Honoring a song’s writing, including lyrics and melodic composition, the Grammy for Song of the Year is one of the most coveted honors for songwriters in the music industry. This year there are eight nominees that could join an elite list that includes iconic winners like Adele’s “Rolling in the Deep”, Beyoncé’s “Single Ladies (Put A Ring On It)” and Simon and Garfunkel’s “Bridge Over Troubled Water,” to name just a few.
This category tends to overlap with Record of the Year, unless the Record of the Year winner isn’t nominated here (or vice versa). In fact, in 62 years of Grammy history, the only true split was in 1995, when Sheryl Crow (“All I Wanna Do”) won Record of the Year and Bruce Springsteen (“Streets of Philadelphia”) won Song of the Year despite both of their songs being nominated in both categories.
With that in mind, Dua Lipa’s “Don’t Start Now” has a pretty good chance of pulling off a win this year. The track is a disco empowerment anthem after a break-up, and would end the three-year streak of non-ballads winning here. That said, Lipa has strong competition from her other big Record of the Year rival Billie Eilish (“Everything I Wanted”). If Eilish manages to upset, she’ll be the first songwriter to win two years in a row, along with her brother and co-writer Finneas; they just won in 2020 with “Bad Guy.” Eilish would also break a streak of top-three hits winning the category (“Everything” peaked at number-eight on the Billboard Hot 100), with the last winner that didn’t peak in the top-three being Amy Winehouse’s “Rehab” almost 13 years ago.
Eilish and Lipa are not the only ones with a fighting chance of taking this award home, though. The most nominated female songwriter in the history of this category, Taylor Swift (“Cardigan”), could get enough love to win here. Her biggest hurdle is that “Cardigan” was not as big a hit as her previous songs or other winners here. Despite an impressive first week in which it debuted at number-one, the song quickly fell from its perch and failed to chart long enough to make the year-end Hot 100, probably due to being a more alternative song than Swift’s past radio-friendly hits.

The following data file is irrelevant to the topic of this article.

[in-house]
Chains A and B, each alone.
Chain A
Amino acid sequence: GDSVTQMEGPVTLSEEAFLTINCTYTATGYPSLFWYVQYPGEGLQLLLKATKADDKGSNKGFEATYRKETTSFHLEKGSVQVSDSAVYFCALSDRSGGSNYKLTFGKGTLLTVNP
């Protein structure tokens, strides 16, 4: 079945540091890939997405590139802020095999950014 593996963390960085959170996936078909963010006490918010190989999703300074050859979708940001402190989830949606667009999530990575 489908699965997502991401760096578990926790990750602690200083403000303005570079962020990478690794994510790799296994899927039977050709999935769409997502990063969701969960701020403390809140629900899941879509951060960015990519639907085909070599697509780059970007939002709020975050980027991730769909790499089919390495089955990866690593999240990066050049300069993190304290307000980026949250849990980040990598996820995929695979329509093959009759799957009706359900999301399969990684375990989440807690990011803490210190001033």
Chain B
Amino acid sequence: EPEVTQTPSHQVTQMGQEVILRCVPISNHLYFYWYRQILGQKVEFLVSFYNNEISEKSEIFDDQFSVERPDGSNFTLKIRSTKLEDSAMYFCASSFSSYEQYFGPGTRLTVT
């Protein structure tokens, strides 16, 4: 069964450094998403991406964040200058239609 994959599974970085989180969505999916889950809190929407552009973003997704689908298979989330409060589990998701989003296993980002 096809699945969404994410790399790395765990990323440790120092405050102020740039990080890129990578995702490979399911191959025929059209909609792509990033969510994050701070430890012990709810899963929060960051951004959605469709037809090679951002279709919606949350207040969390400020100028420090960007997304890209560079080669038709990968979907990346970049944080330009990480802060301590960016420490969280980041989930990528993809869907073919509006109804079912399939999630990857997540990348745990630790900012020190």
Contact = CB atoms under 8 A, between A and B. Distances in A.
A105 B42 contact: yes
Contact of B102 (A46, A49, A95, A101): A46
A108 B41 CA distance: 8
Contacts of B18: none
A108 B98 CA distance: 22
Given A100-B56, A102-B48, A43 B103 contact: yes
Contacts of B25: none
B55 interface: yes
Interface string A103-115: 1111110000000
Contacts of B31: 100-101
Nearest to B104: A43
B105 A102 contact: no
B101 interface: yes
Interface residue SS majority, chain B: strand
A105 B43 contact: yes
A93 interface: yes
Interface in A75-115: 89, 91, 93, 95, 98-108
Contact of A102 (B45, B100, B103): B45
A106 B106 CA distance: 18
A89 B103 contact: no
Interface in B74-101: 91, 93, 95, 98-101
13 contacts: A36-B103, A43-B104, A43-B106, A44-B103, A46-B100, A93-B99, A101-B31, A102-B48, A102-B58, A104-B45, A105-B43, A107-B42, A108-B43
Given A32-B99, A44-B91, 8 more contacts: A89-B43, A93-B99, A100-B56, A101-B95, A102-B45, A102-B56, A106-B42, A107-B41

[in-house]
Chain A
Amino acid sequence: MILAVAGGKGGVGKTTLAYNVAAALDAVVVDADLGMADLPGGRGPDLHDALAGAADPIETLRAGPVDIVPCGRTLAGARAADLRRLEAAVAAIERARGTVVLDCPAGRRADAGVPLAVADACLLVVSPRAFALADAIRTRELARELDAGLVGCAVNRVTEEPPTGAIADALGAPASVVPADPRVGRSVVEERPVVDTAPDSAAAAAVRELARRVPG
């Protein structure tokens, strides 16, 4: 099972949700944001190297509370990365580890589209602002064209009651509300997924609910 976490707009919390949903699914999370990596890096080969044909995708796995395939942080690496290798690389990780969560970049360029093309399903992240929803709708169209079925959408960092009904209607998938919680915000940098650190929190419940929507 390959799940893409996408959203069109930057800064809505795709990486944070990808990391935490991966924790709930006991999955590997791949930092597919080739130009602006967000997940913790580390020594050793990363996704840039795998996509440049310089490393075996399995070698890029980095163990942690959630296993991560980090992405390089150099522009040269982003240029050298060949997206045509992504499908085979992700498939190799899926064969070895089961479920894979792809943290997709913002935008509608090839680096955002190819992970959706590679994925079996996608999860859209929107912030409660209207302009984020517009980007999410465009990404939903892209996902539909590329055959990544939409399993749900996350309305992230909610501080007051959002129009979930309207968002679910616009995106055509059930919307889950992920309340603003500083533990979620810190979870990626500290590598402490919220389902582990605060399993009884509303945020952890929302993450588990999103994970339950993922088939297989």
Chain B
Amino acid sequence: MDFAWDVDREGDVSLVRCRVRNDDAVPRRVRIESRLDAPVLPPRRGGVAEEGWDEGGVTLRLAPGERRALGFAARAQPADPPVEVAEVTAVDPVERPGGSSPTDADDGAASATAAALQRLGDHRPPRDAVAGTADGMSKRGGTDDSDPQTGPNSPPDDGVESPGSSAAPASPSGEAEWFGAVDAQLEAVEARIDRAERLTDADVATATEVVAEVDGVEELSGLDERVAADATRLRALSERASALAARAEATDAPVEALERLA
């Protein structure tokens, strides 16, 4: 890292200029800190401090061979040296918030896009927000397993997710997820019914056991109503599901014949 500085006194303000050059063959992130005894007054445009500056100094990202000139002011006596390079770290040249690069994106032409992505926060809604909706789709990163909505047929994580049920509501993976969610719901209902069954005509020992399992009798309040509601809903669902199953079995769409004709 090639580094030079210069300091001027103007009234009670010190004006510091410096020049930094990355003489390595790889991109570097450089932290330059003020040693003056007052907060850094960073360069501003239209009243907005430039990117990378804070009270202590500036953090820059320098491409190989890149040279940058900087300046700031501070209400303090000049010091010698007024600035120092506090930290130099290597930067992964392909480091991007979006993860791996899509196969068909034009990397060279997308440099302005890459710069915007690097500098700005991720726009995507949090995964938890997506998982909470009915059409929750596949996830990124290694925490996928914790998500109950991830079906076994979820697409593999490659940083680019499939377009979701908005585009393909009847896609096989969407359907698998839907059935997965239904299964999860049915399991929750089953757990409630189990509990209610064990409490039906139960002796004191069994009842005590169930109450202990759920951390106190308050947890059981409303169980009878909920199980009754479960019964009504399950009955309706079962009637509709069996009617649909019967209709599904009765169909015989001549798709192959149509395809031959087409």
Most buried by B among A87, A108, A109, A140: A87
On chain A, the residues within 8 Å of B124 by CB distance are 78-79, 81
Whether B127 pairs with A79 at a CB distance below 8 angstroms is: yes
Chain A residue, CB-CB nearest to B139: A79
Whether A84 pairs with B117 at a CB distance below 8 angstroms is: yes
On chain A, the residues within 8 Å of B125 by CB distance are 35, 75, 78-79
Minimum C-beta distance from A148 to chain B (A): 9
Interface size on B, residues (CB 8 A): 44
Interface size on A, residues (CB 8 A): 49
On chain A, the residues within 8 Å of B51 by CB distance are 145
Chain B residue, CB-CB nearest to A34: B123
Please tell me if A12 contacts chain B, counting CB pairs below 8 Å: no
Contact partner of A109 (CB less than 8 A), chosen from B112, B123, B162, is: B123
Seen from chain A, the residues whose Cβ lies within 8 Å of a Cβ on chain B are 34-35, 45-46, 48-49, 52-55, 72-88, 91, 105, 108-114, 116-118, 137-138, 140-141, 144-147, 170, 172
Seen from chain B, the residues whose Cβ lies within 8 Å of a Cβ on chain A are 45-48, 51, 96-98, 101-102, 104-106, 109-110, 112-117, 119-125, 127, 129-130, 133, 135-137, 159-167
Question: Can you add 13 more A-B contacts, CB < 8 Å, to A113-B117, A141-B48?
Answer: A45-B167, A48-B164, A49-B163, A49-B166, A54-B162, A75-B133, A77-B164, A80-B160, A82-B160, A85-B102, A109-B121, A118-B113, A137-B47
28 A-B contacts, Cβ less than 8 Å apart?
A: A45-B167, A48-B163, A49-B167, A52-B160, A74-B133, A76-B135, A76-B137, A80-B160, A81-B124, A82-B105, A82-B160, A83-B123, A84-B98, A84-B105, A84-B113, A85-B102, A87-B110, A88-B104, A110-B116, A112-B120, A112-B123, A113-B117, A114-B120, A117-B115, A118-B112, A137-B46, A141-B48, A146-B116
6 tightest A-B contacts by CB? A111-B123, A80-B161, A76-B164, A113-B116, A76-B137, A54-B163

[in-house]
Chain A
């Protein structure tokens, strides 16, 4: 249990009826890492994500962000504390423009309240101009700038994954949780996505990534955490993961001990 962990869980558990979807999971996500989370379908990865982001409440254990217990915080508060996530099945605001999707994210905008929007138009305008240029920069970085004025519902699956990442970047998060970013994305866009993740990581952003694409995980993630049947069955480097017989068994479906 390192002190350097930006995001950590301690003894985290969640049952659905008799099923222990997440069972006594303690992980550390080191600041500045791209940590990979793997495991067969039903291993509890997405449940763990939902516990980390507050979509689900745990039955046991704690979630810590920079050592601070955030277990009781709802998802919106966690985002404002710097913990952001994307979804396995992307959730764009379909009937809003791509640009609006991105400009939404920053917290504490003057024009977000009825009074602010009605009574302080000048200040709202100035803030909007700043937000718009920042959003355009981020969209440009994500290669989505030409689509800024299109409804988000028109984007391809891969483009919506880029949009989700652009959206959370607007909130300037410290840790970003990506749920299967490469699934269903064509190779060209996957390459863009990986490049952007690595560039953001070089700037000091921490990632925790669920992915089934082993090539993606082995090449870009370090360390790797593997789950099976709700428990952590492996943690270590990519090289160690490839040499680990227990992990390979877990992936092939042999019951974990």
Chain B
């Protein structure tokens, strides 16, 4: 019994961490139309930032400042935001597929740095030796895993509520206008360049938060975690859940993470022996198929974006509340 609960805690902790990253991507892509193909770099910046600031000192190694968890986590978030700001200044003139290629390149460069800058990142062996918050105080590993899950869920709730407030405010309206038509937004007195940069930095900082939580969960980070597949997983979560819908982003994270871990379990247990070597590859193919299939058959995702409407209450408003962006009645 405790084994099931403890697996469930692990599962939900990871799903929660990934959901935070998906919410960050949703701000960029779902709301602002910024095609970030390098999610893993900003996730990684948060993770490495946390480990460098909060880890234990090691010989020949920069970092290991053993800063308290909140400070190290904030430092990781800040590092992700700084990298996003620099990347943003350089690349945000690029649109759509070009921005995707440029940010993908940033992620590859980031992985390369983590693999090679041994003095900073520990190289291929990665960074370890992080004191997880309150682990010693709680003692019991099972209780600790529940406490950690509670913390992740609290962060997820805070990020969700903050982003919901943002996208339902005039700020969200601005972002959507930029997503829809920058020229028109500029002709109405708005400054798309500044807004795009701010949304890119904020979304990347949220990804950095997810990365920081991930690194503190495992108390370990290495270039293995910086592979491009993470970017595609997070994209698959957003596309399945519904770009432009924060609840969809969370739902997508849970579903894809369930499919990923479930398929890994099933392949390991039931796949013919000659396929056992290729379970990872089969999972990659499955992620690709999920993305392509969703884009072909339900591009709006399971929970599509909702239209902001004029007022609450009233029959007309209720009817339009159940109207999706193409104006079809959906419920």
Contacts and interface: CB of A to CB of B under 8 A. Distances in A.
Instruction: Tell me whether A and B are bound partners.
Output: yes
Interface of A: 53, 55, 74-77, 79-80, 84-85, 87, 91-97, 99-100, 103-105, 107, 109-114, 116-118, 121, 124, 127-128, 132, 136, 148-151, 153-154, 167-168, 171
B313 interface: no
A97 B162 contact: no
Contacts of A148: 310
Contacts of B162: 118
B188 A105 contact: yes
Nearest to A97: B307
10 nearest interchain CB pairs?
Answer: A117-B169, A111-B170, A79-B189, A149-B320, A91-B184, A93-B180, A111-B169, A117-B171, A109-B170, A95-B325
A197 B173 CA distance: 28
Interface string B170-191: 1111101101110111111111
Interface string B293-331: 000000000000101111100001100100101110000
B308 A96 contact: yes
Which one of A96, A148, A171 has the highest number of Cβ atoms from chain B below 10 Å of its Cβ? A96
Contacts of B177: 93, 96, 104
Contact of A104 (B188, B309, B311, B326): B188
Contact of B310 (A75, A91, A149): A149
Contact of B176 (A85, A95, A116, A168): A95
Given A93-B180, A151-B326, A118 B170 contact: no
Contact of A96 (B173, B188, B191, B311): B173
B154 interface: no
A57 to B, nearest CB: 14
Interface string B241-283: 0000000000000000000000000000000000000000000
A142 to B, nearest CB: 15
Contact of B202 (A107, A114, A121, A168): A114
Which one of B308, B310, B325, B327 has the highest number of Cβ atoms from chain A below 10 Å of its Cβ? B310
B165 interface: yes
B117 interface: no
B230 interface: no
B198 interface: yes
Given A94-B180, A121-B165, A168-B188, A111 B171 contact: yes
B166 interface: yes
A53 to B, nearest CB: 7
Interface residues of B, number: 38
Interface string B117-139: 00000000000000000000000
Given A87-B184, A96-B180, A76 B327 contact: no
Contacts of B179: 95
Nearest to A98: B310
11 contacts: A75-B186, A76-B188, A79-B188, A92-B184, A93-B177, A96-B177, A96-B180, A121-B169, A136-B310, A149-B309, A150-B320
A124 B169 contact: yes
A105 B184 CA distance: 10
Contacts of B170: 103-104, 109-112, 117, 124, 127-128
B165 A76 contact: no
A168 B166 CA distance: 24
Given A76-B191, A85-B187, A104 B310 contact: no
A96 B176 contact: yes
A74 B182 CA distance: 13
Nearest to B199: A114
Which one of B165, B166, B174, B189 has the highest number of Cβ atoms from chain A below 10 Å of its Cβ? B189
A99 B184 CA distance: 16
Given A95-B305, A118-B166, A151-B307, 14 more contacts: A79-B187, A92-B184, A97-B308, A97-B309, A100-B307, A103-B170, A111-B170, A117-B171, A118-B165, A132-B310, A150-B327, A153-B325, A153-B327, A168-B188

Swift might also be hurt if Dua Lipa gets most of the pop vote here, while Eilish might get the most rock and alternative support. That said, if the “Folklore” love among voters is huge (it’s the front-runner to win Album of the Year), the song could definitely go along for the ride. If it does, it would give Swift her first Song of the Year victory on her fifth attempt, and it would be the first winner since The Chicks’ “Not Ready to Make Nice” to not chart on the year-end Hot 100, perhaps signifying a move back to more artistic choices over the huge hits that ruled the Grammys in the ’90s and ’00s.
This year two politically-charged songs are also in the hunt for a win. The first is H.E.R.’s “I Can’t Breathe,” which is moving, timely, and features a two-minute spoken word section sure to touch voters’ hearts. However, since the song wasn’t a mainstream hit (it didn’t chart at all on the Hot 100), it’s hard to know if enough voters will know it and give it a vote. Beyoncé’s “Black Parade” is in a similar boat (topping out at number-37 on the charts), though it might have a higher profile due to it being co-written and performed by superstar Beyoncé of all people. A win for either wouldn’t be a shock, but the two political R&B songs might split each other’s votes.
Roddy Ricch’s “The Box” is also nominated here, a rare feat considering the Grammys don’t nominate rap in Song of the Year that often, and when they do they’re usually inspirational or political songs (like Kendrick Lamar’s “Alright” or Logic’s “1-800-273-8255”). So Ricch’s nomination is welcome, possibly marking an era when hip-hop can compete in the big leagues without the need for a “message.” After all, “The Box” was one of the most lyrically creative songs of 2020.
Ricch also has no other rap song to split votes with, which is a positive, but history still isn’t on his side. The only hip-hop SOTY winner in history was Childish Gambino’s “This Is America” (2019) Then again, maybe “This is America” wasn’t a fluke, and hip-hop will start seeing more wins now that that song set the precedent. After all, we didn’t get any rap nominees in SOTY last year, so this year is gonna be crucial to see if hip-hop can keep winning in the top categories when it makes the cut. With three big, evenly matched pop stars fighting it out, Ricch could gather enough support as the lone representative from his genre to pull off an upset.
Then we have Post Malone’s “Circles,” which voters might not be that passionate about judging from Malone’s shocking Pop Solo Performance and Pop Vocal Album snubs. “Circles” is the biggest hit nominated, though, so keep an eye on it. There’s also Julia Michaels and JP Saxe with “If the World Was Ending,” which just like “Circles” missed a nomination in the pop field. The song wasn’t as prominent a hit as the other nominees here (peaking at number-27), so these lovebirds might have to settle for the nom. But hey, at least the world ain’t ending … yet.
Will Win: Dua Lipa, “Don’t Start Now” or Billie Eilish’s “Everything I Wanted”
Dark Horse: Taylor Swift, “Cardigan”
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